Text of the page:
31 October – 29 November
Daily, 10am – 5pm
City Art Centre
Free, book in advance
We are excited to announce full details of this year’s Platform exhibition, our annual showcase supporting artists in the early stages of their careers to make and present new work. We are delighted to once again partner with City Art Centre to present the 2020 edition from 31 October to 29 November.
Selected from an open call by artist Ruth Ewan, and curator, Sophia Hao (Cooper Gallery, Duncan of Jordanstone College of Art & Design), four artists based in Scotland –Rabindranath A Bhose, Mark Bleakley, Rhona Jack and Susannah Stark – have been supported to create new work which will be presented in this group show.
Edinburgh Art Festival, along with its sibling August Festivals, made the difficult decision earlier this year to cancel their 2020 edition due to the ongoing pandemic. Despite the many challenges faced across the cultural sector, we are very pleased to continue to support artists during this difficult time by presenting the delayed 2020 edition of our Platform series, which usually forms a key element of each festival programme, showcasing new work for four artists in the early stages of their careers.
Each of the artists has been working over recent months to develop new work for their presentation in Platform: 2020. The exhibition brings together four new bodies of work that include sound installations, textile and sculptural works, print-making, film, performance, and text-based works. Across each of the artists’ individual practice, a number of themes and approaches are particularly resonant for our present times including: the aesthetics of the collective, the intense vitality of ‘being together’ in space; strategies for survival; and the importance of the sense of touch.
Rabindranath A Bhose draws on queer modes of living and relating as expansive strategies for survival, and will create a new large-scale vinyl drawing for the exhibition space. Composed of signs, and words, the drawing references autobiographical and mythological elements. The drawing will be closely related to a text written during the recent lockdown which will be presented both in print form and in audio form read by the artist’s lover.
Artist and choreographer Mark Bleakley is developing a new work using movement, print and video to develop a playful exploration of the poetics of weight and gravity and their relation to collectivity; asking how these are used by, with or against live bodies, and emphasising the vitality of being in a space together, and how this is manifest. The process of this new work draws upon film documentation from a movement workshop devised with collaborators, and a range of found footage relating to ideas of grounding, groundlessness, and inertia.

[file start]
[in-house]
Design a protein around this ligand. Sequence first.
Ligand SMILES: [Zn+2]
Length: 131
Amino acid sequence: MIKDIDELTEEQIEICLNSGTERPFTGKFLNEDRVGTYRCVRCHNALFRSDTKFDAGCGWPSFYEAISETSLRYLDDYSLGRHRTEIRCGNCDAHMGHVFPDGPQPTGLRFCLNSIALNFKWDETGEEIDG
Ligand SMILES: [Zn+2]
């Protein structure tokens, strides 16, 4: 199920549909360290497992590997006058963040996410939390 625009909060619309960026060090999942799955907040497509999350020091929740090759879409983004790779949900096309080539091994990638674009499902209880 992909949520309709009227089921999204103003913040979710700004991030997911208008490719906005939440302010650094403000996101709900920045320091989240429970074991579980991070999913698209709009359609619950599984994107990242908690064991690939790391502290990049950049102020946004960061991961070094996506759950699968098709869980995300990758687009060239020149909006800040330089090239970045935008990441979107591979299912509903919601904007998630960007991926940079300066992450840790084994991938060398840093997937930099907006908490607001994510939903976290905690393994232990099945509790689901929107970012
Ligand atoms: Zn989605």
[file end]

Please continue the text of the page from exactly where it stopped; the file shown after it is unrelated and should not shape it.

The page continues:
Rhona Jack is developing a series of large-scale textile based sculptural works, taking the form of stitched hangings, woven rugs and elements of soft sculpture. Reconstructed and crafted from a patchwork of recycled scrap fabrics and items of clothing, the work draws attention to our relationship to textile production, consumption and waste; presenting consumerism in opposition to the personal narratives that we put upon clothes made in their millions.
Susannah Stark’s work consists of an audio soundscape featuring field recordings and song fragments sung by the artist that draw on histories of habitation in Scotland, interwoven with several 'moving collages' made from touristic postcards and property adverts which emanate coloured light, suggesting different ways of 'seeing' and highlighting emotional frequencies within the images. In addition are a series of floor-based sculptures assembled from various natural and synthetic found objects sourced with help from the artist's mum, that are suggestive of meditating bodies.
Tickets are free, but must be booked in advance on the City Art Centre website.
Platform: 2020 is made possible thanks to the PLACE Programme, a partnership between Edinburgh Festivals, Scottish Government, City of Edinburgh Council and Creative Scotland, with additional support from the Cruden Foundation.